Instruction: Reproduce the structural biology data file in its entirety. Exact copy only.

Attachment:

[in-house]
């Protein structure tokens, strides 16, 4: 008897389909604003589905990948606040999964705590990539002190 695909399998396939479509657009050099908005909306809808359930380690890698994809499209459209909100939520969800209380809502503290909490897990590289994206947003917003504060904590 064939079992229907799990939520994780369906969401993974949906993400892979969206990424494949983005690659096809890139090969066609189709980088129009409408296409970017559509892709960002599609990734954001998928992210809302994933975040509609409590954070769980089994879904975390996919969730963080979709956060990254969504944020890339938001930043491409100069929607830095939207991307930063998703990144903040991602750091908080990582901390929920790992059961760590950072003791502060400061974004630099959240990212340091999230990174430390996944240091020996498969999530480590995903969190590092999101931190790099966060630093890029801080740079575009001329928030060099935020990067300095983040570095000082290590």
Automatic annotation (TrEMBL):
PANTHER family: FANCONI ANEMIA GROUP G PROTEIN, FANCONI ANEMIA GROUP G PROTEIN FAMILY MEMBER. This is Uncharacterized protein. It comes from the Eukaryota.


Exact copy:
[in-house]
């Protein structure tokens, strides 16, 4: 008897389909604003589905990948606040999964705590990539002190 695909399998396939479509657009050099908005909306809808359930380690890698994809499209459209909100939520969800209380809502503290909490897990590289994206947003917003504060904590 064939079992229907799990939520994780369906969401993974949906993400892979969206990424494949983005690659096809890139090969066609189709980088129009409408296409970017559509892709960002599609990734954001998928992210809302994933975040509609409590954070769980089994879904975390996919969730963080979709956060990254969504944020890339938001930043491409100069929607830095939207991307930063998703990144903040991602750091908080990582901390929920790992059961760590950072003791502060400061974004630099959240990212340091999230990174430390996944240091020996498969999530480590995903969190590092999101931190790099966060630093890029801080740079575009001329928030060099935020990067300095983040570095000082290590």
Automatic annotation (TrEMBL):
PANTHER family: FANCONI ANEMIA GROUP G PROTEIN, FANCONI ANEMIA GROUP G PROTEIN FAMILY MEMBER. This is Uncharacterized protein. It comes from the Eukaryota.